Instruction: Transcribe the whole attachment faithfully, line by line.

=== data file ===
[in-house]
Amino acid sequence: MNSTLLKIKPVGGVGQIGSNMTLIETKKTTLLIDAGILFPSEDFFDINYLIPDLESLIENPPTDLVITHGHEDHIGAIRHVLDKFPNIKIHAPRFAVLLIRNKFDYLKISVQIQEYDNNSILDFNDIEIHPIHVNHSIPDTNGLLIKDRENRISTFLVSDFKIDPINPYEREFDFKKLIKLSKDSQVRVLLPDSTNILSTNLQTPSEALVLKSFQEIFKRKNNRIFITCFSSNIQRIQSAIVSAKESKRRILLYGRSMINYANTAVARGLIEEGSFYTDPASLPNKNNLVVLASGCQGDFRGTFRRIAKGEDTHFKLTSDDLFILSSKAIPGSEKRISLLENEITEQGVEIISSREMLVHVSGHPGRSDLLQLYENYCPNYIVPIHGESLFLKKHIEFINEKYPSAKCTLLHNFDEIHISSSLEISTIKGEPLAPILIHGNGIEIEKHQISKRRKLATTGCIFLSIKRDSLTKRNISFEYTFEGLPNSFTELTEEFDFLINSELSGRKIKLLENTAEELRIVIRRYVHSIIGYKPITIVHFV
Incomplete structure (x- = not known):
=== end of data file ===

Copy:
[in-house]
Amino acid sequence: MNSTLLKIKPVGGVGQIGSNMTLIETKKTTLLIDAGILFPSEDFFDINYLIPDLESLIENPPTDLVITHGHEDHIGAIRHVLDKFPNIKIHAPRFAVLLIRNKFDYLKISVQIQEYDNNSILDFNDIEIHPIHVNHSIPDTNGLLIKDRENRISTFLVSDFKIDPINPYEREFDFKKLIKLSKDSQVRVLLPDSTNILSTNLQTPSEALVLKSFQEIFKRKNNRIFITCFSSNIQRIQSAIVSAKESKRRILLYGRSMINYANTAVARGLIEEGSFYTDPASLPNKNNLVVLASGCQGDFRGTFRRIAKGEDTHFKLTSDDLFILSSKAIPGSEKRISLLENEITEQGVEIISSREMLVHVSGHPGRSDLLQLYENYCPNYIVPIHGESLFLKKHIEFINEKYPSAKCTLLHNFDEIHISSSLEISTIKGEPLAPILIHGNGIEIEKHQISKRRKLATTGCIFLSIKRDSLTKRNISFEYTFEGLPNSFTELTEEFDFLINSELSGRKIKLLENTAEELRIVIRRYVHSIIGYKPITIVHFV
Incomplete structure (x- = not known):